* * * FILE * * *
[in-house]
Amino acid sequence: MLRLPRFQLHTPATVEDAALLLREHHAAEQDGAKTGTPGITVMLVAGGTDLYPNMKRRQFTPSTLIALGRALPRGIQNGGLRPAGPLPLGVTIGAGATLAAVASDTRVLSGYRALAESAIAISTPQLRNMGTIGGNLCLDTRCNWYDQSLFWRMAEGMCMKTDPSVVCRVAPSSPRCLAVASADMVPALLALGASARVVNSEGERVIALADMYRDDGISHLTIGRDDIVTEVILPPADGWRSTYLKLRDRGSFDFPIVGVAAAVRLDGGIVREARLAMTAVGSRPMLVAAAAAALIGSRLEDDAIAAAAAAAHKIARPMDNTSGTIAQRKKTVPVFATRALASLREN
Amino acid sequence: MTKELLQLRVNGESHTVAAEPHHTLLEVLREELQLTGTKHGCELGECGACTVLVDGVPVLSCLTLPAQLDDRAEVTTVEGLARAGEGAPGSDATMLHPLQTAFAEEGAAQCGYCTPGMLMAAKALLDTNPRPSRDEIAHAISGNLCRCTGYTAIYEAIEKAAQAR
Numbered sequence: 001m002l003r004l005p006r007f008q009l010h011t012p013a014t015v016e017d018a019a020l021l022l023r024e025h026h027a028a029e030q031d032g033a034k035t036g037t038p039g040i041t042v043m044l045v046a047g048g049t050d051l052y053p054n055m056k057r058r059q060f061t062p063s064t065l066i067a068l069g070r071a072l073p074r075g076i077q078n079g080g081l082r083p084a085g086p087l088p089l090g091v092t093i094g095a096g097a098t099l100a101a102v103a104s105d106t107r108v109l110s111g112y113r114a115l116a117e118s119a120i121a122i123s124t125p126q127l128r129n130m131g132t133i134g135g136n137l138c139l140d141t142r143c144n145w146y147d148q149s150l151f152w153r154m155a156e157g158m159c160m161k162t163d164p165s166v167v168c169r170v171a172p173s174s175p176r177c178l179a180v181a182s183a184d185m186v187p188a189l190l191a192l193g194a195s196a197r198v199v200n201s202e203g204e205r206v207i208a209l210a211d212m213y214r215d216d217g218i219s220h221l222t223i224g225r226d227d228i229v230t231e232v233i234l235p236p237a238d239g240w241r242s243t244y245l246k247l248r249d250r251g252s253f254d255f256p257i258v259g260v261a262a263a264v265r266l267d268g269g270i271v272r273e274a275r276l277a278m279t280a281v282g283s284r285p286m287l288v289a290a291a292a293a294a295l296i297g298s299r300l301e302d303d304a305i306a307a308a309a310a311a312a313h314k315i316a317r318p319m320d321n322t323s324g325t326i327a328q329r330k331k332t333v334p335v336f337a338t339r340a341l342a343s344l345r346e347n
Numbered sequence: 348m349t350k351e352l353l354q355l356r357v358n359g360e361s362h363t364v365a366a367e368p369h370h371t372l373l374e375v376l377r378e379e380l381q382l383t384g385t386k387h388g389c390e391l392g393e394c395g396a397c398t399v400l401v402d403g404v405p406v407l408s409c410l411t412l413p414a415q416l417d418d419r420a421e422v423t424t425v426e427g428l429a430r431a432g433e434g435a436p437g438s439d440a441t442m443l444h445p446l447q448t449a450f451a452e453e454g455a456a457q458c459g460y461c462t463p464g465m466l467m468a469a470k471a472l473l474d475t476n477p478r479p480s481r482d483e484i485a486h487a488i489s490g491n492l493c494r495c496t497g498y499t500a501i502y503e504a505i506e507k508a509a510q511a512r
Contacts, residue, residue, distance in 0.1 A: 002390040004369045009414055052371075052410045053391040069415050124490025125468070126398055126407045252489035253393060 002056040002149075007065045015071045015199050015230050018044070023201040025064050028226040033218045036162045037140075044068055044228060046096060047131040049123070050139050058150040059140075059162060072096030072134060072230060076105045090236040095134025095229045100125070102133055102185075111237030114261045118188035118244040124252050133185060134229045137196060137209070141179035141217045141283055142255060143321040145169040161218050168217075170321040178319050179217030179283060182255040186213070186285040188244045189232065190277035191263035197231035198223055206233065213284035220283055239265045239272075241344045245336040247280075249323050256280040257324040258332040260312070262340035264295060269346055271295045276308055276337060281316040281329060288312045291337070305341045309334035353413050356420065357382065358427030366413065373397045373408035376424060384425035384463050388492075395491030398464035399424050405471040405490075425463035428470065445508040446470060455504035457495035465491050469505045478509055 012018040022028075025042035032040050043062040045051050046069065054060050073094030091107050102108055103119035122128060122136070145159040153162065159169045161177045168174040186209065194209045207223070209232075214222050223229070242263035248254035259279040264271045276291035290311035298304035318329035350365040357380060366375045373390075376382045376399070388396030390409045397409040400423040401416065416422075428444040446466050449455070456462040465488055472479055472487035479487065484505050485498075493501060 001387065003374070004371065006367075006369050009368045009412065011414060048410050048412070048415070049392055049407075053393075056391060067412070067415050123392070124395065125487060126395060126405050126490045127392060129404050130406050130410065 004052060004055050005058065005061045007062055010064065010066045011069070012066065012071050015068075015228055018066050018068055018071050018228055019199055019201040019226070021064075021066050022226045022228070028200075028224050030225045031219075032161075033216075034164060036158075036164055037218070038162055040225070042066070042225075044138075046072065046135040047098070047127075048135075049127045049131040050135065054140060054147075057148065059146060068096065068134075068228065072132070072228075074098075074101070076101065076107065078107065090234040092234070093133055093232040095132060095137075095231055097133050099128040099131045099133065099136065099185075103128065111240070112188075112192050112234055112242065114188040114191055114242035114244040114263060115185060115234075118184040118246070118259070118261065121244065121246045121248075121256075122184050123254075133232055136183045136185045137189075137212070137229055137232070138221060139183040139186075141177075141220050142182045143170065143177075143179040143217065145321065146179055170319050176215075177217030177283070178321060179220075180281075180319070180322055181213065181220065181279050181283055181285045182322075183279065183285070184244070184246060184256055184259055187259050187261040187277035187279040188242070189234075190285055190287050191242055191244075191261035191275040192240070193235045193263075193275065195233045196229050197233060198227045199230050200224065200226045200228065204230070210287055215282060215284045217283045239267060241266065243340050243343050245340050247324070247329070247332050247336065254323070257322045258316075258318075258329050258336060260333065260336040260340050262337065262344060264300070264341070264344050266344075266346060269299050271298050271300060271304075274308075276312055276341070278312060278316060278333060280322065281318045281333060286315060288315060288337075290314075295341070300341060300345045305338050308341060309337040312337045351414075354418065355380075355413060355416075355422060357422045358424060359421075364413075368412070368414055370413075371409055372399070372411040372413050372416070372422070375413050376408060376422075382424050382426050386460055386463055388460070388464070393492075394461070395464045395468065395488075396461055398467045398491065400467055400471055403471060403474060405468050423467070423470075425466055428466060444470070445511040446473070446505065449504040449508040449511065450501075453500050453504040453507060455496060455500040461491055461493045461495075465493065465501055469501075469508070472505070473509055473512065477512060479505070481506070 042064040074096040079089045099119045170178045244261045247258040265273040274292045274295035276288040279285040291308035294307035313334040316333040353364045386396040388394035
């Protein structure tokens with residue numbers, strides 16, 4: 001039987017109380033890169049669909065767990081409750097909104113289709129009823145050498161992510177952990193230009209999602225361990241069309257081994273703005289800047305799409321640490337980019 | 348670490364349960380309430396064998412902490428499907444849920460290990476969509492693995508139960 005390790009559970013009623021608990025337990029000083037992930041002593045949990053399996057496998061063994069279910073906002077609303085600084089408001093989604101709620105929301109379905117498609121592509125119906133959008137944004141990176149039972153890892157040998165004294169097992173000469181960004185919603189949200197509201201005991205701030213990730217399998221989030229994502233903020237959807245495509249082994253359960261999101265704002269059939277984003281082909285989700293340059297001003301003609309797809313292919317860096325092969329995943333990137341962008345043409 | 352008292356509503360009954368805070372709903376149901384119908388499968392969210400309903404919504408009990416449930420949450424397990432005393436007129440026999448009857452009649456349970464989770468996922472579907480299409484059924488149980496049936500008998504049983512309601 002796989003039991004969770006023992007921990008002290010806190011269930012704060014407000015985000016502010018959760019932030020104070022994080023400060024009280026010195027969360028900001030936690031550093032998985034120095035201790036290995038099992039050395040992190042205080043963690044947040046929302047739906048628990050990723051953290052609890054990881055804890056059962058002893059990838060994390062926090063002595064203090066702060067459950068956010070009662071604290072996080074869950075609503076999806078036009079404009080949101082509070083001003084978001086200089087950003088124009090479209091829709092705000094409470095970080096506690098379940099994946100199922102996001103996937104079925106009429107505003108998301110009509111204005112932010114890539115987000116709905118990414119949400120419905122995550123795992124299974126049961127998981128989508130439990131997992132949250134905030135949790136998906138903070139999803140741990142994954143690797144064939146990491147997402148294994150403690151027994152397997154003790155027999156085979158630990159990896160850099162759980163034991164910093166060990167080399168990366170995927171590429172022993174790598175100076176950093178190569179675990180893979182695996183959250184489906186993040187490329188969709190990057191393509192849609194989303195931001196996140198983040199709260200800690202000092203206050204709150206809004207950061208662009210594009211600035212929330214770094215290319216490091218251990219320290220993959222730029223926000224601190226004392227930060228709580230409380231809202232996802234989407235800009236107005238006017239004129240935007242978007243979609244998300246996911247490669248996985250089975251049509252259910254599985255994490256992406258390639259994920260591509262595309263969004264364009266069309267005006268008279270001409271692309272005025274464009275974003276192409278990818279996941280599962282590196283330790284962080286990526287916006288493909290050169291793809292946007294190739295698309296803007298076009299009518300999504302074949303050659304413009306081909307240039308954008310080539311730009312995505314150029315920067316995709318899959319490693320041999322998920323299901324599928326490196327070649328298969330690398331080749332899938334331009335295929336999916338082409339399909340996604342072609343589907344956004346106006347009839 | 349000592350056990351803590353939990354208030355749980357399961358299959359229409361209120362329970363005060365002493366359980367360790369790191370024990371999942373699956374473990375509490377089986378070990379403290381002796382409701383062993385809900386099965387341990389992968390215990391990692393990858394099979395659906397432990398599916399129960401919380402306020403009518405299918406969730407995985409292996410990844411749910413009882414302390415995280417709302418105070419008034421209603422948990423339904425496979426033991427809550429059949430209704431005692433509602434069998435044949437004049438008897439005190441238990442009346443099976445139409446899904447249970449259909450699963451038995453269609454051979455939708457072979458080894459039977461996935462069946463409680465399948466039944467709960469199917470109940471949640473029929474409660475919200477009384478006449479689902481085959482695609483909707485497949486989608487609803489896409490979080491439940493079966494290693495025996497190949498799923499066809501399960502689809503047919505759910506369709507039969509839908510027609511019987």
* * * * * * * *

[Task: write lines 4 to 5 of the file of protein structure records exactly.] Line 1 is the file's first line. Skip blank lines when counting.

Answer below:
Numbered sequence: 001m002l003r004l005p006r007f008q009l010h011t012p013a014t015v016e017d018a019a020l021l022l023r024e025h026h027a028a029e030q031d032g033a034k035t036g037t038p039g040i041t042v043m044l045v046a047g048g049t050d051l052y053p054n055m056k057r058r059q060f061t062p063s064t065l066i067a068l069g070r071a072l073p074r075g076i077q078n079g080g081l082r083p084a085g086p087l088p089l090g091v092t093i094g095a096g097a098t099l100a101a102v103a104s105d106t107r108v109l110s111g112y113r114a115l116a117e118s119a120i121a122i123s124t125p126q127l128r129n130m131g132t133i134g135g136n137l138c139l140d141t142r143c144n145w146y147d148q149s150l151f152w153r154m155a156e157g158m159c160m161k162t163d164p165s166v167v168c169r170v171a172p173s174s175p176r177c178l179a180v181a182s183a184d185m186v187p188a189l190l191a192l193g194a195s196a197r198v199v200n201s202e203g204e205r206v207i208a209l210a211d212m213y214r215d216d217g218i219s220h221l222t223i224g225r226d227d228i229v230t231e232v233i234l235p236p237a238d239g240w241r242s243t244y245l246k247l248r249d250r251g252s253f254d255f256p257i258v259g260v261a262a263a264v265r266l267d268g269g270i271v272r273e274a275r276l277a278m279t280a281v282g283s284r285p286m287l288v289a290a291a292a293a294a295l296i297g298s299r300l301e302d303d304a305i306a307a308a309a310a311a312a313h314k315i316a317r318p319m320d321n322t323s324g325t326i327a328q329r330k331k332t333v334p335v336f337a338t339r340a341l342a343s344l345r346e347n
Numbered sequence: 348m349t350k351e352l353l354q355l356r357v358n359g360e361s362h363t364v365a366a367e368p369h370h371t372l373l374e375v376l377r378e379e380l381q382l383t384g385t386k387h388g389c390e391l392g393e394c395g396a397c398t399v400l401v402d403g404v405p406v407l408s409c410l411t412l413p414a415q416l417d418d419r420a421e422v423t424t425v426e427g428l429a430r431a432g433e434g435a436p437g438s439d440a441t442m443l444h445p446l447q448t449a450f451a452e453e454g455a456a457q458c459g460y461c462t463p464g465m466l467m468a469a470k471a472l473l474d475t476n477p478r479p480s481r482d483e484i485a486h487a488i489s490g491n492l493c494r495c496t497g498y499t500a501i502y503e504a505i506e507k508a509a510q511a512r